Understanding how to taste chocolate to determine quality. Up until the twenty-first century, most North Americans thought that chocolate only had one flavor because chocolate bars and confections were primarily made of a homogenous milk chocolate. But in fact, chocolate manufacturers produce a great variety of chocolates—from fine couvertures used by luxury chocolatiers to compound coatings used for mass production.
In our Chocolate Masters Video we discuss Choosing Fine Chocolate:
Exploring the Ingredients that Contribute to Flavor in Chocolate:
Cocoa Liquor (also called chocolate liquor) has nothing to do with alcohol - the liquor term refers to the fact that cocoa beans when ground become a liquid as the cocoa butter is heated and released from the cells in the grinding process. Similar to what happens when you grind nuts. Cocoa Liquor is simply roasted and ground cocoa beans, which contain cocoa bean solids and cocoa butter. The flavor of the chocolate is determined by its origin, fermentation by the farmer, roasting and conching of cocoa beans by the chocolate manufacturer. Home cooks are familiar with this product: it is sold as "unsweetened" chocolate in the grocery store.
The flavors of the cocoa butter, while more subtle than the cocoa liquor, can vary depending on its origin. Rather than having an impact on the flavor, what the cocoa butter brings to chocolate is “mouth-feel.” That is, how the cocoa butter distributes the flavor around your mouth. Cocoa butter also produces a slight “cooling” sensation in your mouth that you might have noticed. The cocoa bean contains approximately 50 – 53 percent cocoa butter.
Sugar and Sweeteners
Sugar is to chocolate what salt is to other foods. A little enhances the flavor of the cocoa liquor, but too much makes it unpalatable. High-grade cane or beet sugar is used in the manufacturing of fine chocolate. Chocolate sweetened by other types of sweeteners are now readily available on the market if you have dietary or ethical restrictions.
Milk or Cream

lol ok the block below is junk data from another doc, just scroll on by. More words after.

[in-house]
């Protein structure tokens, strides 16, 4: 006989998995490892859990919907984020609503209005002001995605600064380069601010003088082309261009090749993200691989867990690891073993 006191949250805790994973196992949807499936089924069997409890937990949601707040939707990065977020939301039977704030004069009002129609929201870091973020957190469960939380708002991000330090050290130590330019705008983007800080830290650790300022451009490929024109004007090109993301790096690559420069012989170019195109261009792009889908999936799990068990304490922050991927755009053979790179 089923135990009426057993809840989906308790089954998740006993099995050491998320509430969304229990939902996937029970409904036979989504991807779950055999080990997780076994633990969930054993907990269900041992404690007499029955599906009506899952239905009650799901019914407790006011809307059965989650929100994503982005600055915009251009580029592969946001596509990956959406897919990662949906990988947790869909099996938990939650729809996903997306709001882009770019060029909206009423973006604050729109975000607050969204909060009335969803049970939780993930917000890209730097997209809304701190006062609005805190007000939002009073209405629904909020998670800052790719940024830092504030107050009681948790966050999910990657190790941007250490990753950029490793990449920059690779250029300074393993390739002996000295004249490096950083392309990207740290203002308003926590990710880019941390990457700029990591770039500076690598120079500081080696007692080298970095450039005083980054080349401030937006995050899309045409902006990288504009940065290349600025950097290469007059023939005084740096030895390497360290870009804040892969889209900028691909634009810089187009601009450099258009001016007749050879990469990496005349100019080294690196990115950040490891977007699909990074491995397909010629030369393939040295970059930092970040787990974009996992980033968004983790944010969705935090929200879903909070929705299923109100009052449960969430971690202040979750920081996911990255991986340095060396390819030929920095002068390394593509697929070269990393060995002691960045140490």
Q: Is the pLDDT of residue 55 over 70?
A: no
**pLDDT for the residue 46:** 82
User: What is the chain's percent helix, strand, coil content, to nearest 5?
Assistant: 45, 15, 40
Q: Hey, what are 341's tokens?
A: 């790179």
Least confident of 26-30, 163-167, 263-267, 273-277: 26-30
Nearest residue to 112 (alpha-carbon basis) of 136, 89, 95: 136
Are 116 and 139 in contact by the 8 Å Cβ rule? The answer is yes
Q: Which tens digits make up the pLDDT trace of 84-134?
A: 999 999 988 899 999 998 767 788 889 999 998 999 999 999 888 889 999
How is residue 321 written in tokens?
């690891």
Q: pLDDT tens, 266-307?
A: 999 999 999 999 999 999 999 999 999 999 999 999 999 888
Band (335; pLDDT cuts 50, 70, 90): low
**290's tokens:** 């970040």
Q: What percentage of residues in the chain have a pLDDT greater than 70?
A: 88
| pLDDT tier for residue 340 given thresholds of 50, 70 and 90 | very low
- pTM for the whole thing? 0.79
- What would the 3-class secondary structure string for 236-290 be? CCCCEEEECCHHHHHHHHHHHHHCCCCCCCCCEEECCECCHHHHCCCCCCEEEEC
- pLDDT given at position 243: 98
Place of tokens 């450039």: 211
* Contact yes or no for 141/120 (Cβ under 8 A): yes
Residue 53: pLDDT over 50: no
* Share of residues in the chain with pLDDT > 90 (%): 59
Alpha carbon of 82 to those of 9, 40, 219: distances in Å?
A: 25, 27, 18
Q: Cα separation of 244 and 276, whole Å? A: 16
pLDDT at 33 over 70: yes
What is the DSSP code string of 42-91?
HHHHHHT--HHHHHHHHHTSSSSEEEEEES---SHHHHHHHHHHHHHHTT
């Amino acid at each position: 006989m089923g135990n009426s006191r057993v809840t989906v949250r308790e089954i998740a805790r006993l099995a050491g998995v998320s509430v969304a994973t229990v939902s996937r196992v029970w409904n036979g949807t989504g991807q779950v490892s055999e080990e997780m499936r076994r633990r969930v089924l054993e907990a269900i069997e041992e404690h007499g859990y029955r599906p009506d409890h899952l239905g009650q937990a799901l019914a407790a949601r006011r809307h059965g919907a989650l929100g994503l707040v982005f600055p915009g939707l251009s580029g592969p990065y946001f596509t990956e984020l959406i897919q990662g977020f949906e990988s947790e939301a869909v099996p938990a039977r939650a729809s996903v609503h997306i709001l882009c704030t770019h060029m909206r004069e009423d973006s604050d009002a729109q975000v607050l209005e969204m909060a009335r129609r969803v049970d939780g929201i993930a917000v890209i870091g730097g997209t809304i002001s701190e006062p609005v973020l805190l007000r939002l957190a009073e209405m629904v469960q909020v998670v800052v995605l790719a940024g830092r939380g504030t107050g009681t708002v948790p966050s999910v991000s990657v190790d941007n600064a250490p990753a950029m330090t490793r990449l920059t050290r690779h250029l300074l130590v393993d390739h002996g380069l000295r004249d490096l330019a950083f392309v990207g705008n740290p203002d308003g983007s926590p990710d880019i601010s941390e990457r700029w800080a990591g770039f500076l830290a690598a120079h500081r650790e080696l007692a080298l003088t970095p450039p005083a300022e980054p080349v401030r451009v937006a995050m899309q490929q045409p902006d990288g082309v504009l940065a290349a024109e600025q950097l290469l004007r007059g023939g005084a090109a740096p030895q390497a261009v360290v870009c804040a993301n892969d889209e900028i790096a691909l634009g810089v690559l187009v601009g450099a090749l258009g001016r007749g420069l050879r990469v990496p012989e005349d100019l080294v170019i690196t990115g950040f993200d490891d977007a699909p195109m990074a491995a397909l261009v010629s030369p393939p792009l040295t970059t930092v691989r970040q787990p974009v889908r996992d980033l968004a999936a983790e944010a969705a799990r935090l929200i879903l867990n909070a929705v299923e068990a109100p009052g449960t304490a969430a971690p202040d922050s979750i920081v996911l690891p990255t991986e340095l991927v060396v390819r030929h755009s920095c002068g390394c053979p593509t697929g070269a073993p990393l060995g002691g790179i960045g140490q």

There are different milk products used in the manufacture of milk chocolate. These include condensed milk, dry milk powder, dry cream powder, or milk crumb (which is a process that brings a rich caramelized flavor to the milk chocolate).
Spices can include such ingredients as Vanilla or Vanillin (an artificial vanilla), cinnamon, cassia oil and other essential oils.
Lecithin is added during conching as an emulsifier and stabilizer in order to improve the fluidity and texture of the chocolate. Texture also plays a role in flavor, so I have included it as a flavor ingredient. Many fine chocolate makers and manufacturers are switching from GMO soy lecithin to lecithin from other natural sources.
Fat Substitution for Cocoa Butter
There are a number of tropical fats, such as coconut oil and palm kernel oil, that are used in place of cocoa butter in the manufacture of compound chocolate coatings to reduce costs, improve production time (no tempering) and increase storage limits. These products cannot use the name "real chocolate" and are sold as "Compound Coating," "Decorator's Chocolate," "Confectioner's Coating," "Summer Coating" or "Paté Glacée." If you are not sure if you are buying real chocolate or confectioner's coating, look at the ingredients—real chocolate does not contain any fats or oils except cocoa butter.
How to Taste Chocolate
The following instructions will help you to compare the taste between different chocolates. I suggest you compare chocolate bars that are the same flavor, such as semisweet or milk chocolate.
First, use your eyes. The visual qualities that distinguish a fine, well-tempered chocolate include:
- Shine/gleam finish for molded confections or solid chocolate bars and novelties
- Satin/gleam finish for chocolate dipped confections
Chocolate can range in color from a deep dark brown to a reddish brown. Color depends on the origin of the cocoa beans, how they were roasted and whether they were Dutch processed. Depth of color is not an indication of quality or richness of flavor.
Then, use your fingers. If possible, break off a piece of the chocolate—you should hear a distinct snap. This is the sound of stable crystallization breaking cleanly, which means the chocolate was processed and correctly tempered (i.e., prepared by a specific heating and cooling process) - a sign of careful craftsmanship.
Hold the piece of the chocolate between your fingers and notice how quickly it melts. Rub your fingers together with the chocolate to test its smoothness. Cocoa butter melts more quickly than sugar so the higher the proportion of cocoa butter, the more quickly it will melt.
Then, use your nose. Lift your fingers with the melted chocolate to your nose and cup your other hand around your fingers in front of your nose. This will help to capture the aromas. It should smell like deep, rich chocolate with floral, fruity or sugary (caramel) aromas—not metallic or medicinal.
Finally, taste the chocolate. Place a small piece of chocolate on your tongue and let it slowly melt. Once the chocolate has melted, run your tongue around your mouth to get the full “mouthfeel” of the texture—it should be full and velvety. As a result of the conching process, fine chocolate will be very smooth compared to cheap chocolate, which may be gritty.
Notice the “finish.” There shouldn’t be a waxy or greasy film left in your mouth after you swallow. Cocoa butter dissipates, leaving only the flavor behind. If that flavor lingers for a while in your mouth, the chocolate is said to have a long finish.
Want to know much more about chocolate tasting? Check out our MASTERING CHOCOLATE FLAVOR PROGRAM
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